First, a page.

That’s why I started beaming when I saw Philip had entered another film this year. I think I smiled even more when I saw the title: How to Explain Your Mental Illness to Stanley Kubrick. Sure, I’m biased, and maybe I had watched too many serious movies about mental health, but something about it really pinged my love of absurdist humor when I started watching it. When Philip first conjured his hero Stanley Kubrick from the year 1980 to confront him about the problematic portrayals of mental illness in his films and Kubrick appeared there huddled like a wild raccoon under a flashlight beam, I actually laughed out loud. I did again when Philip started dancing with Kubrick and throwing popcorn into his mouth.
While humorous, however, the film also displays some raw vulnerability. Philip opens up and shares stories and photographs of some of his own painful memories of his struggles with bipolar disorder, including once when he cried so hard he gave himself a nosebleed. Philip has also become a successful video essayist and engages those skills to use film clips to critique Kubrick’s treatment of mental illness as well as show Kubrick what experiencing mental illness is really like.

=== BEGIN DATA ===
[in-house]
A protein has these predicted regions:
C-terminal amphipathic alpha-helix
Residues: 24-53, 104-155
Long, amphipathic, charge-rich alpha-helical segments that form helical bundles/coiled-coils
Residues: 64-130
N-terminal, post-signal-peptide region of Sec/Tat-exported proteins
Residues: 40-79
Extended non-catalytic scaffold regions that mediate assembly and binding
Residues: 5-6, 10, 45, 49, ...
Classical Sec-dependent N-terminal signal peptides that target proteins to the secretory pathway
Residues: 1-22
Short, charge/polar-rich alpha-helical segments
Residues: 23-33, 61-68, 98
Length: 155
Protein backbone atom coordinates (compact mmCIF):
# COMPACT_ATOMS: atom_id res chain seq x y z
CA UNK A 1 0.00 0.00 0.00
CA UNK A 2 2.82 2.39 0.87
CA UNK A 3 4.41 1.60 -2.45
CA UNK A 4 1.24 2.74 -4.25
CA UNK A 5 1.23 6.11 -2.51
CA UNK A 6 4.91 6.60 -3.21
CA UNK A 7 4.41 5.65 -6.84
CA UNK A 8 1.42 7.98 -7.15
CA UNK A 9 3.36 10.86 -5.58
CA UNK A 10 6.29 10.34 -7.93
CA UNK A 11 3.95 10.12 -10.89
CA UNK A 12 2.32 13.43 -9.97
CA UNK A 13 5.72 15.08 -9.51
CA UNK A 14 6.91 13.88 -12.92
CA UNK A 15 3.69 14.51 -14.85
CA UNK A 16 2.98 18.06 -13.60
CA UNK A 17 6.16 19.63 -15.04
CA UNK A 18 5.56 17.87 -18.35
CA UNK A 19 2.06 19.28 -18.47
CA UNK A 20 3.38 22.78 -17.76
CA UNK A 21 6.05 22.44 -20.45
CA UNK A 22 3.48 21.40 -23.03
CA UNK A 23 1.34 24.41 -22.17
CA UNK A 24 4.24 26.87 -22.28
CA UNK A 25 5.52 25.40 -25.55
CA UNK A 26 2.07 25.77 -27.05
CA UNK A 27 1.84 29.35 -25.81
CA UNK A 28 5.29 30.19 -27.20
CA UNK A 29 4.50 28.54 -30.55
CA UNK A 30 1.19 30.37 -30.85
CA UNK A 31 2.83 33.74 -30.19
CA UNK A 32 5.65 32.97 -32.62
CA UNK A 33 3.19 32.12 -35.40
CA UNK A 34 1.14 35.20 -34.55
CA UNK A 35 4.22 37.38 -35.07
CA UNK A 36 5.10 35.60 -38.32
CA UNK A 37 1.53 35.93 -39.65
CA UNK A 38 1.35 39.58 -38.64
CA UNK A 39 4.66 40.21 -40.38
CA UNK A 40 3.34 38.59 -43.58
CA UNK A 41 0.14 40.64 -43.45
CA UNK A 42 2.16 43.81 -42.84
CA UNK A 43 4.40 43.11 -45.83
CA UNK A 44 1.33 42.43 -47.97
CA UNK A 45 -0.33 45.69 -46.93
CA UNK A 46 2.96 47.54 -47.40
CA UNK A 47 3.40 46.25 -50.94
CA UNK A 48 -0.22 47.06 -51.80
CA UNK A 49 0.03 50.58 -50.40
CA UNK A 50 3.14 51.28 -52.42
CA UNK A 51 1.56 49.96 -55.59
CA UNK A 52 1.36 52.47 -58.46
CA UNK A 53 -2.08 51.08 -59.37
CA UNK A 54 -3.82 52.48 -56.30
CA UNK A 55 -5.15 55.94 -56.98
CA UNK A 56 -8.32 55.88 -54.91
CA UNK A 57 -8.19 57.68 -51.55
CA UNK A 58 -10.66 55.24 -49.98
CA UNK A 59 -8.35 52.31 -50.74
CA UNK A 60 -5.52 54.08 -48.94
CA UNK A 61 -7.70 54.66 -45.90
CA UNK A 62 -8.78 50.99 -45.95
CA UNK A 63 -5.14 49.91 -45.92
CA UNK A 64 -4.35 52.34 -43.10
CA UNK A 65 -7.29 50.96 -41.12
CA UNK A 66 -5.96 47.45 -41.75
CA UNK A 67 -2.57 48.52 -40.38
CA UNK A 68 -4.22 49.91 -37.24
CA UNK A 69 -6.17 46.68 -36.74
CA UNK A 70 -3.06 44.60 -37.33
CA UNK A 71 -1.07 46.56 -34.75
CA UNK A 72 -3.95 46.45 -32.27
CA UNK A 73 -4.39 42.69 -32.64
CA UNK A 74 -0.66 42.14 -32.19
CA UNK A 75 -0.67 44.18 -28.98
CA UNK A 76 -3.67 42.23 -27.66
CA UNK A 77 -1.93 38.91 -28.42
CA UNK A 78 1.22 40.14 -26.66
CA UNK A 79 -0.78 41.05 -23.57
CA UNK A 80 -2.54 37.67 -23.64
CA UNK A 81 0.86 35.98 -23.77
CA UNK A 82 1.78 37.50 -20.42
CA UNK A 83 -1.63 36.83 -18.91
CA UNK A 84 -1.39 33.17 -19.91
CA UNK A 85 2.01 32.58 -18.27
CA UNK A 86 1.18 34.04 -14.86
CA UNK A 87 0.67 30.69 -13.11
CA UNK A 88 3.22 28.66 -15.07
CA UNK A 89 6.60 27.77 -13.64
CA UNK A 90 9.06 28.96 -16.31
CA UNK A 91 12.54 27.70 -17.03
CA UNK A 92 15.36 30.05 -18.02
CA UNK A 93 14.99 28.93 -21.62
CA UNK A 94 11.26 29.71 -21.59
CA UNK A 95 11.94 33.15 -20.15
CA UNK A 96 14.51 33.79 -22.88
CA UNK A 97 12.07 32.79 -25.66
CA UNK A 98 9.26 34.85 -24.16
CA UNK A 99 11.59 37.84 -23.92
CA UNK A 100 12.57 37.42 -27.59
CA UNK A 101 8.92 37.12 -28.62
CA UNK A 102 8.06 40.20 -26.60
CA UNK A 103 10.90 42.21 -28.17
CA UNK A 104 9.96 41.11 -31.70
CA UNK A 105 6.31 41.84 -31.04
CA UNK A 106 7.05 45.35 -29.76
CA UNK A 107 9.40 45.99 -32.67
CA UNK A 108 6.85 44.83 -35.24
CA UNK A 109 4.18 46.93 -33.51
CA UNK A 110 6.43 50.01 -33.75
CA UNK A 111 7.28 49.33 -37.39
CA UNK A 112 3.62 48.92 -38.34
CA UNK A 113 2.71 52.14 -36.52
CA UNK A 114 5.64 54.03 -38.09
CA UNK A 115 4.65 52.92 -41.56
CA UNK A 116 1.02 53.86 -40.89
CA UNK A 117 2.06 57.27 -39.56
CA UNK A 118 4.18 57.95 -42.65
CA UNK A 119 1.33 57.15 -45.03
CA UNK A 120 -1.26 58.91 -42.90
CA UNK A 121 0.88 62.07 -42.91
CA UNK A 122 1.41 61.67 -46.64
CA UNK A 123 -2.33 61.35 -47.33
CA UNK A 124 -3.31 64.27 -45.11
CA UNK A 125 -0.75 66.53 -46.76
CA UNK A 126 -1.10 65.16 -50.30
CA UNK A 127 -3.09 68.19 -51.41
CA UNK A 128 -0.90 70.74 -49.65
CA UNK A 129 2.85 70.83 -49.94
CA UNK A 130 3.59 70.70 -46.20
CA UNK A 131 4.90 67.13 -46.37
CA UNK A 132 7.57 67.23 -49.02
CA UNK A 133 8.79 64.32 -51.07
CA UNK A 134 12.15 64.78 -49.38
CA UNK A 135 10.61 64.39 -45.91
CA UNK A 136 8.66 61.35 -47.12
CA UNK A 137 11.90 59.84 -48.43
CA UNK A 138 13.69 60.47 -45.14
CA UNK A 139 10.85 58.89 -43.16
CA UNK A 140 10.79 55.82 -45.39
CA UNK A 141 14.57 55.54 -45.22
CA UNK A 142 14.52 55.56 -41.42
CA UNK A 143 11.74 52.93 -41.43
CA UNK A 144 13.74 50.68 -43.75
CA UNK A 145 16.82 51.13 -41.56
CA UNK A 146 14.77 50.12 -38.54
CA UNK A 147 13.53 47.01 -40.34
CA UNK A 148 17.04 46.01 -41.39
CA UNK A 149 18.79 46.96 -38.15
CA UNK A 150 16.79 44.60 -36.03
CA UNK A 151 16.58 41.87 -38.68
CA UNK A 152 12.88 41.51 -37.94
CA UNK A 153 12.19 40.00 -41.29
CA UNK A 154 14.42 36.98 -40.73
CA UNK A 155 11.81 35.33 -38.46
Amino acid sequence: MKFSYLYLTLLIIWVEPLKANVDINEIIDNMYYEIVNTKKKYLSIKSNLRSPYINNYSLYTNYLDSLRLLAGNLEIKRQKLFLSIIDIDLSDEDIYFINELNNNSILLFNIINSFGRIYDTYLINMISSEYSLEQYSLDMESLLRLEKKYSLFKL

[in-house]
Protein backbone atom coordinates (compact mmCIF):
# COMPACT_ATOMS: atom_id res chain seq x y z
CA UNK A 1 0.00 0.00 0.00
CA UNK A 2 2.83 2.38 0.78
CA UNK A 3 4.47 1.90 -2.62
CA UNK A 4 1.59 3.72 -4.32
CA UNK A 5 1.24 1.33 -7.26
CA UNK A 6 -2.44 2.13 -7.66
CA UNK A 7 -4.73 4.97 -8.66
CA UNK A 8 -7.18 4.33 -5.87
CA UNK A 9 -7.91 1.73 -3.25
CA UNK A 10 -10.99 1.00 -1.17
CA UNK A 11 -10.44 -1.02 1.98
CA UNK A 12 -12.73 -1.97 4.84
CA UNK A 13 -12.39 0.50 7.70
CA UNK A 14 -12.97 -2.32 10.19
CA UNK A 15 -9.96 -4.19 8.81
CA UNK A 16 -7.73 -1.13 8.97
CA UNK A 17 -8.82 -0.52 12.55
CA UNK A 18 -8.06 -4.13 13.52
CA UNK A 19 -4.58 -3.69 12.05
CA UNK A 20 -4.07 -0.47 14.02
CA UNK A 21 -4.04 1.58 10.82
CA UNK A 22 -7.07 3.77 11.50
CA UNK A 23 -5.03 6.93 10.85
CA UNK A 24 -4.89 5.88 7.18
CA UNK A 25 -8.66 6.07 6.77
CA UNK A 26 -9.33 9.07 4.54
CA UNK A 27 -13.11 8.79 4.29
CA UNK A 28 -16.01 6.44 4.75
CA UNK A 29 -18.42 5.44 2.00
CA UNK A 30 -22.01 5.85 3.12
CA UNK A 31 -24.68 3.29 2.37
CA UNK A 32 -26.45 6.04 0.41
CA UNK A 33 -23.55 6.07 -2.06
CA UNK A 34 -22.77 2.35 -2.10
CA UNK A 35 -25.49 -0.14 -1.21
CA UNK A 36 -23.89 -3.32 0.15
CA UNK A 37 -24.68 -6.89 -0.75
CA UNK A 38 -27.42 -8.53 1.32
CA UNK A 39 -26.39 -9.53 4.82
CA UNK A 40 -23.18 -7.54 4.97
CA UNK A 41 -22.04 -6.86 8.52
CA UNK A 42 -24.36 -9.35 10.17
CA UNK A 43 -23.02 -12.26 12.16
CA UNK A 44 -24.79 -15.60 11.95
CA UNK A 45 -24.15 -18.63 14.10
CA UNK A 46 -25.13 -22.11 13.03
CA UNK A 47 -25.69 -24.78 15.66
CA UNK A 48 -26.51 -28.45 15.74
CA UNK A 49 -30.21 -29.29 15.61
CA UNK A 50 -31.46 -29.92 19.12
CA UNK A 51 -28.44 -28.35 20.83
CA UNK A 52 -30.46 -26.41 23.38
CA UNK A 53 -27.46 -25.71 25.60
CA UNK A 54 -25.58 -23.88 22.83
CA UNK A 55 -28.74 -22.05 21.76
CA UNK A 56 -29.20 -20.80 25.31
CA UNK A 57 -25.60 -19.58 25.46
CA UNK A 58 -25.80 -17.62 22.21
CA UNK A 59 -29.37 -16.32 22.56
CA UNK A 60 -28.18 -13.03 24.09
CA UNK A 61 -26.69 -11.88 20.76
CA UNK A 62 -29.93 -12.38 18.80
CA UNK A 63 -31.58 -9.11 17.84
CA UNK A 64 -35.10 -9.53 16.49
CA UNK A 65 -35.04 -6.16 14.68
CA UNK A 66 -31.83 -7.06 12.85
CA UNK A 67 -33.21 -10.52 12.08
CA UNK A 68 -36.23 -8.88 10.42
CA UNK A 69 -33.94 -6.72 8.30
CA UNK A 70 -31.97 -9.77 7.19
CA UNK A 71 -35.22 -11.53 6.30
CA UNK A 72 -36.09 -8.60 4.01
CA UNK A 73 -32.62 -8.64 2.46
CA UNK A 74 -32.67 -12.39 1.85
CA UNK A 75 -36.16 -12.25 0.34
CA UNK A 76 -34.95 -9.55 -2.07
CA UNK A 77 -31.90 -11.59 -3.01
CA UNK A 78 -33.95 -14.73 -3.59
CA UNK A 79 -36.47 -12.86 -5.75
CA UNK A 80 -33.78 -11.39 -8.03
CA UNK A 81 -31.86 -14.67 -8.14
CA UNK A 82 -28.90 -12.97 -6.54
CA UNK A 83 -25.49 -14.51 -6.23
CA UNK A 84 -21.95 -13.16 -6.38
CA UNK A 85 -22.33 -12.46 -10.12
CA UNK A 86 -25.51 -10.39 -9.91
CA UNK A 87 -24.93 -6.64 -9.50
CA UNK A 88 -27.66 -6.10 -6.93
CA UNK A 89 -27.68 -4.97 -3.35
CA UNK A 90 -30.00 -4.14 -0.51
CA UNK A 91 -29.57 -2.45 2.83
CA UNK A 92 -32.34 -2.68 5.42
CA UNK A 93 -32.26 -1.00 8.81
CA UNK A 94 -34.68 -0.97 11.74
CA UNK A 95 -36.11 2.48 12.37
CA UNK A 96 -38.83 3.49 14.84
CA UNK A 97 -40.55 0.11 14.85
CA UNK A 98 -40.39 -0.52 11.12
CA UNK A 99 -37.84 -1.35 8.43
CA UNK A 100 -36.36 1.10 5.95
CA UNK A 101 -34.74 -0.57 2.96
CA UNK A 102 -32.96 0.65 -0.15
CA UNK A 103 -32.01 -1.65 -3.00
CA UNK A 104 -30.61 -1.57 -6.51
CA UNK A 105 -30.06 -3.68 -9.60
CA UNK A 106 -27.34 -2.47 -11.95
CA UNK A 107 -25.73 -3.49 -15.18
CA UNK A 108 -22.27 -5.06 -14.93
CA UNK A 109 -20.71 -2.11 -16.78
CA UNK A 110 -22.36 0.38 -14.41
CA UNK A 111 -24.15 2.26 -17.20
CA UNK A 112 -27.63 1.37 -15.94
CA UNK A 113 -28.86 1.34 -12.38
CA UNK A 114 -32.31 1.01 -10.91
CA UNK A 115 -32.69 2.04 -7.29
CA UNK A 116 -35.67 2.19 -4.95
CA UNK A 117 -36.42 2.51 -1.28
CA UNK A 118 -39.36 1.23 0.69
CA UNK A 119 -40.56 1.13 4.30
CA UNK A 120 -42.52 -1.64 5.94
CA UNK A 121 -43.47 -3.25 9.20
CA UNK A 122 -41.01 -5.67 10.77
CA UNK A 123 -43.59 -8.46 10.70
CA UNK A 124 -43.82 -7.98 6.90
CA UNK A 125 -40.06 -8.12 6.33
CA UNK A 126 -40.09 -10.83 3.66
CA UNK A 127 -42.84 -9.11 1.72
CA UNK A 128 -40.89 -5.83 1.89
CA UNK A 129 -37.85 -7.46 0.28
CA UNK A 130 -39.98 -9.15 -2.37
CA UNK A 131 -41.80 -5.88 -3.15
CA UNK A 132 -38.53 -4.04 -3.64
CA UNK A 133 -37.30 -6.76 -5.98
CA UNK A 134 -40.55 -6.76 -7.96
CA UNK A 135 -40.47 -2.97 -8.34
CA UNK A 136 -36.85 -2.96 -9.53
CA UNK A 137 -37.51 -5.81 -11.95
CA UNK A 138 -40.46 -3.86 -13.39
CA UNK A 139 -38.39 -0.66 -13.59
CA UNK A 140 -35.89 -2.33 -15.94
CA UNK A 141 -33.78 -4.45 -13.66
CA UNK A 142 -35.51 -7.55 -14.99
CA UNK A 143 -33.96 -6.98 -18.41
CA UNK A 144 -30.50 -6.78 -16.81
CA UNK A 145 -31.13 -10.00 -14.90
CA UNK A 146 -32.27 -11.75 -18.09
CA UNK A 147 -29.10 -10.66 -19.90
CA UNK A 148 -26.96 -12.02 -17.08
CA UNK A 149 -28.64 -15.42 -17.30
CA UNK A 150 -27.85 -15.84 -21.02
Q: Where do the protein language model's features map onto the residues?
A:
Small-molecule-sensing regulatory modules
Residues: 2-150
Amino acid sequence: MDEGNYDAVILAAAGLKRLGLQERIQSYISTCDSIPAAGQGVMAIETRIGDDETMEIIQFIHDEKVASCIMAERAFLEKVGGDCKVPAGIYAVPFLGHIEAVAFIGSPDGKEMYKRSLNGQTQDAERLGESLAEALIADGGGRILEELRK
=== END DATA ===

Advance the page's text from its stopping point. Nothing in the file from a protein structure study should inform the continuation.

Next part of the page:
All of these elements together make Philip’s film very difficult to describe or classify. It’s part video essay, part raw memoir, and part a re-evaluation of one of his heroes. What I didn’t realize was that the film was actually made during a rare psychotic episode and shaped into its final form by a more stable hand. As someone who shares Philip’s diagnosis of bipolar disorder, I guess I am allowed to say this, I could feel some of that fun manic creative energy at work in it.
Philip you are definitely one of the stars of the Mental Filmness festival who has helped shape it from the beginning, and we very much appreciate you.